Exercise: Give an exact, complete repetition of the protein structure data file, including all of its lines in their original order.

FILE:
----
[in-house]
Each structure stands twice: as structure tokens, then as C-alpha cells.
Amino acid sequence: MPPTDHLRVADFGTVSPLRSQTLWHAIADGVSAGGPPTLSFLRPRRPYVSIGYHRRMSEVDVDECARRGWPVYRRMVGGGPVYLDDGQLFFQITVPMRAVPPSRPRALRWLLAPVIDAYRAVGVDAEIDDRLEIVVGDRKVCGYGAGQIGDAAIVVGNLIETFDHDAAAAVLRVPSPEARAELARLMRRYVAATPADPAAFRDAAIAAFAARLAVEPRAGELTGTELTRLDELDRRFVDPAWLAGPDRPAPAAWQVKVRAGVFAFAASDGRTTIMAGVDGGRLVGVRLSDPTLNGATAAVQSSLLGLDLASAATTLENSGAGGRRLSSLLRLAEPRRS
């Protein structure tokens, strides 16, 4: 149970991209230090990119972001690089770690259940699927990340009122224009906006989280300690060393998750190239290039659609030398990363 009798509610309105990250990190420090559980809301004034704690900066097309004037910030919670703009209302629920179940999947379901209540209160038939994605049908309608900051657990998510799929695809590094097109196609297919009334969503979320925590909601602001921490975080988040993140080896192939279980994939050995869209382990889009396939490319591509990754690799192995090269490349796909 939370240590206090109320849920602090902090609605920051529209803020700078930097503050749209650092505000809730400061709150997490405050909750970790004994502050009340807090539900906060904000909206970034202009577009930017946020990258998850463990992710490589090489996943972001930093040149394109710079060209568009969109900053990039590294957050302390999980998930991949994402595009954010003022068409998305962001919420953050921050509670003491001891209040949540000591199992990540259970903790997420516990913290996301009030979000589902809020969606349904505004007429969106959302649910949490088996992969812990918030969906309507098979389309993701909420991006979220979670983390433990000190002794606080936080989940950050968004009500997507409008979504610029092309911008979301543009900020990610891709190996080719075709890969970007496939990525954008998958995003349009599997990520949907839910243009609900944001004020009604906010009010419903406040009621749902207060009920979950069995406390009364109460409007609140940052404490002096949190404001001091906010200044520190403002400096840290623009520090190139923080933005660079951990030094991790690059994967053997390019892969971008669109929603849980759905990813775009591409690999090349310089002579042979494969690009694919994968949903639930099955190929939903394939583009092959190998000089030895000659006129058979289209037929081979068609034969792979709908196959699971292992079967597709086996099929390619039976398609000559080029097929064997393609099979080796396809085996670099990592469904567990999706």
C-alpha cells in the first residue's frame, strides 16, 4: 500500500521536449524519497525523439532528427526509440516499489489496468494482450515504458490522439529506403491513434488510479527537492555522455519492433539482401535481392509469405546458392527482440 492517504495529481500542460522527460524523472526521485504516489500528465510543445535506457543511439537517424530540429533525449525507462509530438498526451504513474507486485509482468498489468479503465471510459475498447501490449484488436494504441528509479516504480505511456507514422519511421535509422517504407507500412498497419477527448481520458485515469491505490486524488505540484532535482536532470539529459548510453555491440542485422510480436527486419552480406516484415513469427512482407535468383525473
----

[in-house]
Each structure stands twice: as structure tokens, then as C-alpha cells.
Amino acid sequence: MPPTDHLRVADFGTVSPLRSQTLWHAIADGVSAGGPPTLSFLRPRRPYVSIGYHRRMSEVDVDECARRGWPVYRRMVGGGPVYLDDGQLFFQITVPMRAVPPSRPRALRWLLAPVIDAYRAVGVDAEIDDRLEIVVGDRKVCGYGAGQIGDAAIVVGNLIETFDHDAAAAVLRVPSPEARAELARLMRRYVAATPADPAAFRDAAIAAFAARLAVEPRAGELTGTELTRLDELDRRFVDPAWLAGPDRPAPAAWQVKVRAGVFAFAASDGRTTIMAGVDGGRLVGVRLSDPTLNGATAAVQSSLLGLDLASAATTLENSGAGGRRLSSLLRLAEPRRS
């Protein structure tokens, strides 16, 4: 149970991209230090990119972001690089770690259940699927990340009122224009906006989280300690060393998750190239290039659609030398990363 009798509610309105990250990190420090559980809301004034704690900066097309004037910030919670703009209302629920179940999947379901209540209160038939994605049908309608900051657990998510799929695809590094097109196609297919009334969503979320925590909601602001921490975080988040993140080896192939279980994939050995869209382990889009396939490319591509990754690799192995090269490349796909 939370240590206090109320849920602090902090609605920051529209803020700078930097503050749209650092505000809730400061709150997490405050909750970790004994502050009340807090539900906060904000909206970034202009577009930017946020990258998850463990992710490589090489996943972001930093040149394109710079060209568009969109900053990039590294957050302390999980998930991949994402595009954010003022068409998305962001919420953050921050509670003491001891209040949540000591199992990540259970903790997420516990913290996301009030979000589902809020969606349904505004007429969106959302649910949490088996992969812990918030969906309507098979389309993701909420991006979220979670983390433990000190002794606080936080989940950050968004009500997507409008979504610029092309911008979301543009900020990610891709190996080719075709890969970007496939990525954008998958995003349009599997990520949907839910243009609900944001004020009604906010009010419903406040009621749902207060009920979950069995406390009364109460409007609140940052404490002096949190404001001091906010200044520190403002400096840290623009520090190139923080933005660079951990030094991790690059994967053997390019892969971008669109929603849980759905990813775009591409690999090349310089002579042979494969690009694919994968949903639930099955190929939903394939583009092959190998000089030895000659006129058979289209037929081979068609034969792979709908196959699971292992079967597709086996099929390619039976398609000559080029097929064997393609099979080796396809085996670099990592469904567990999706």
C-alpha cells in the first residue's frame, strides 16, 4: 500500500521536449524519497525523439532528427526509440516499489489496468494482450515504458490522439529506403491513434488510479527537492555522455519492433539482401535481392509469405546458392527482440 492517504495529481500542460522527460524523472526521485504516489500528465510543445535506457543511439537517424530540429533525449525507462509530438498526451504513474507486485509482468498489468479503465471510459475498447501490449484488436494504441528509479516504480505511456507514422519511421535509422517504407507500412498497419477527448481520458485515469491505490486524488505540484532535482536532470539529459548510453555491440542485422510480436527486419552480406516484415513469427512482407535468383525473